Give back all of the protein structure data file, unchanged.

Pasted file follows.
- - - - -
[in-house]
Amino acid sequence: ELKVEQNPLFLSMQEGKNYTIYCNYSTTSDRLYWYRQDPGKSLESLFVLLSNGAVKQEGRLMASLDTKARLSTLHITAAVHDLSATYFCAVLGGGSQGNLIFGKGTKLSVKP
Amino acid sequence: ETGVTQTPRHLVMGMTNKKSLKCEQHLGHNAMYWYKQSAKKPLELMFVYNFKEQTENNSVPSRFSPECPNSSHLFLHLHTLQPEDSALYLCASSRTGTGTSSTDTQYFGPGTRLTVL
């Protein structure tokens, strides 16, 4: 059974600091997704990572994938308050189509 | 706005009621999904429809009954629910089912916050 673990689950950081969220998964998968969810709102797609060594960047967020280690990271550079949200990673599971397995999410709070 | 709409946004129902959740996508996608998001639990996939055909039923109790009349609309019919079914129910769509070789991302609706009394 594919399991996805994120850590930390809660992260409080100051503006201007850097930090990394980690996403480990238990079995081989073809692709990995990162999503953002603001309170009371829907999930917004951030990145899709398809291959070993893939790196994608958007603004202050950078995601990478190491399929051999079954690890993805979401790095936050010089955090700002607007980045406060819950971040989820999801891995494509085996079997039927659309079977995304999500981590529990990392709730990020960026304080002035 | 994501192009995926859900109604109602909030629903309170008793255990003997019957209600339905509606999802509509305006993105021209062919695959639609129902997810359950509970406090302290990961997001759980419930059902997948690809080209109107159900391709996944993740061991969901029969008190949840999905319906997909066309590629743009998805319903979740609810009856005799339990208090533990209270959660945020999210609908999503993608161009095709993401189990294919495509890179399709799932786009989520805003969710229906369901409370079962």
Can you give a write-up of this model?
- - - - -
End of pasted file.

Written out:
[in-house]
Amino acid sequence: ELKVEQNPLFLSMQEGKNYTIYCNYSTTSDRLYWYRQDPGKSLESLFVLLSNGAVKQEGRLMASLDTKARLSTLHITAAVHDLSATYFCAVLGGGSQGNLIFGKGTKLSVKP
Amino acid sequence: ETGVTQTPRHLVMGMTNKKSLKCEQHLGHNAMYWYKQSAKKPLELMFVYNFKEQTENNSVPSRFSPECPNSSHLFLHLHTLQPEDSALYLCASSRTGTGTSSTDTQYFGPGTRLTVL
């Protein structure tokens, strides 16, 4: 059974600091997704990572994938308050189509 | 706005009621999904429809009954629910089912916050 673990689950950081969220998964998968969810709102797609060594960047967020280690990271550079949200990673599971397995999410709070 | 709409946004129902959740996508996608998001639990996939055909039923109790009349609309019919079914129910769509070789991302609706009394 594919399991996805994120850590930390809660992260409080100051503006201007850097930090990394980690996403480990238990079995081989073809692709990995990162999503953002603001309170009371829907999930917004951030990145899709398809291959070993893939790196994608958007603004202050950078995601990478190491399929051999079954690890993805979401790095936050010089955090700002607007980045406060819950971040989820999801891995494509085996079997039927659309079977995304999500981590529990990392709730990020960026304080002035 | 994501192009995926859900109604109602909030629903309170008793255990003997019957209600339905509606999802509509305006993105021209062919695959639609129902997810359950509970406090302290990961997001759980419930059902997948690809080209109107159900391709996944993740061991969901029969008190949840999905319906997909066309590629743009998805319903979740609810009856005799339990208090533990209270959660945020999210609908999503993608161009095709993401189990294919495509890179399709799932786009989520805003969710229906369901409370079962």
Can you give a write-up of this model?